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“Berkshire Hathaway could not have been built to its present status without Charlie’s inspiration, wisdom and participation,” – Warren Buffett

Morning stock market summary

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Futures are firmly higher this morning with the S&P 500 indicated to open higher by 50 basis points (bps) as treasury yields continue to decline.  It was barely more than a month ago that the yield on the 10-year peaked above 5%, but this morning it’s back below 4.30%. The catalyst for this morning’s rally appears to be positive inflation data out of Europe which has continued the optimism following some dovish Fedspeak yesterday. Economic data this morning has been generally positive as GDP was revised higher and Core PCE was lower than expected.

Whenever a company announces the death of a high-level executive within the organization, the statement always includes some form of boilerplate about how “so and so” was an integral part of the organization, and it wouldn’t be the same without them.  In yesterday’s statement from Berkshire Hathaway announcing the death of Charlie Munger, Buffett’s statement that “Berkshire Hathaway could not have been built to its present status without Charlie’s inspiration, wisdom and participation,” may have sounded a lot like those typical platitudes, but in this case it couldn’t have been truer.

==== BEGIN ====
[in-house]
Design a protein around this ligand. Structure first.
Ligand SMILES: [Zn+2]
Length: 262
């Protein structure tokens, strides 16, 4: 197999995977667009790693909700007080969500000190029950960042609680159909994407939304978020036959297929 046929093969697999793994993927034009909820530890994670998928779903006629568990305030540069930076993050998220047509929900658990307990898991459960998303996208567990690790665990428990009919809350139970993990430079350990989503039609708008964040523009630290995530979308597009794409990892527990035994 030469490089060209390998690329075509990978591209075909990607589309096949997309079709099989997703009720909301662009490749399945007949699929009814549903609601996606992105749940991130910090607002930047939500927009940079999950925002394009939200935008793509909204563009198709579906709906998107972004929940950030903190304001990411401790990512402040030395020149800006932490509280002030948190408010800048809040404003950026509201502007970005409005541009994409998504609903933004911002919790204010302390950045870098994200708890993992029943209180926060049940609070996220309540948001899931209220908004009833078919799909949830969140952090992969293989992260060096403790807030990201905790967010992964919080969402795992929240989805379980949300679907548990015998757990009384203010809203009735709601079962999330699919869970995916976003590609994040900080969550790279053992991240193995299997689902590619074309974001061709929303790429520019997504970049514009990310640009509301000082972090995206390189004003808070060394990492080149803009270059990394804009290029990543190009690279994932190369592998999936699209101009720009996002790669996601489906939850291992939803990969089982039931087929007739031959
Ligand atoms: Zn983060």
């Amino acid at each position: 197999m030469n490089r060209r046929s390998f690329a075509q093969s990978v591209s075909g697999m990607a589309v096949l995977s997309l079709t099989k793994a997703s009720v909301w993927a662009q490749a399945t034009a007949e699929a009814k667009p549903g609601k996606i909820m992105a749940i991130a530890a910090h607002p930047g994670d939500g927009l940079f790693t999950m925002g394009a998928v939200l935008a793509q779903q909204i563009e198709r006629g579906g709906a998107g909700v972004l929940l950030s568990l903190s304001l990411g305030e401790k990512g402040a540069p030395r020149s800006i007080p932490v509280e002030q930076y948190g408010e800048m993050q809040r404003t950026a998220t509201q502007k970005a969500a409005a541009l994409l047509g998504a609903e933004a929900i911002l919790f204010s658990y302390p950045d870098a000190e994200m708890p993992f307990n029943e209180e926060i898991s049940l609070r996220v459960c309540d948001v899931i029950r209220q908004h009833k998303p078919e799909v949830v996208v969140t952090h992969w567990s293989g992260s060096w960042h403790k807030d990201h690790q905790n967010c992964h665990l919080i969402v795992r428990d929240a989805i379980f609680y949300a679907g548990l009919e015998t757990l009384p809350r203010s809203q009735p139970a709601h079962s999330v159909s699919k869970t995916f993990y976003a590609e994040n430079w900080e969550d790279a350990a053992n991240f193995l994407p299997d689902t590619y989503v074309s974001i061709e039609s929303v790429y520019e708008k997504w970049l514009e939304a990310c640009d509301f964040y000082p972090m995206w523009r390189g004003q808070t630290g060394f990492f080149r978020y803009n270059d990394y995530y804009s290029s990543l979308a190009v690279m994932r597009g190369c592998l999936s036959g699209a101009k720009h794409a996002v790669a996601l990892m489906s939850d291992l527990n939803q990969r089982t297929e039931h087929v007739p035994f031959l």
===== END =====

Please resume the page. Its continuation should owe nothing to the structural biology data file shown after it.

In 31 of the 46 years that Munger was at the company, Berkshire Hathaway outperformed the S&P 500. More importantly, though, in the fifteen years that Berkshire underperformed the S&P 500, the average underperformance was 13.2 percentage points whereas in the 31 years that Berkshire outperformed the S&P 500, the average margin of outperformance was 20.9 percentage points.  So, not only did Berkshire outperform the S&P 500 more than twice as often as it underperformed, but when it did outperform, the gap was much wider than when it underperformed.  The chart below compares the growth of $100 invested in Berkshire Hathaway when Charlie Munger officially joined the firm in 1978 to the growth of $100 invested in the S&P 500 on a total return basis. While $100 invested in the S&P 500 in 1978 is worth $16,527 today, that same $100 invested in Berkshire Hathaway is worth nearly $400,000 today! Not bad for two guys who started out in an Omaha grocery store.

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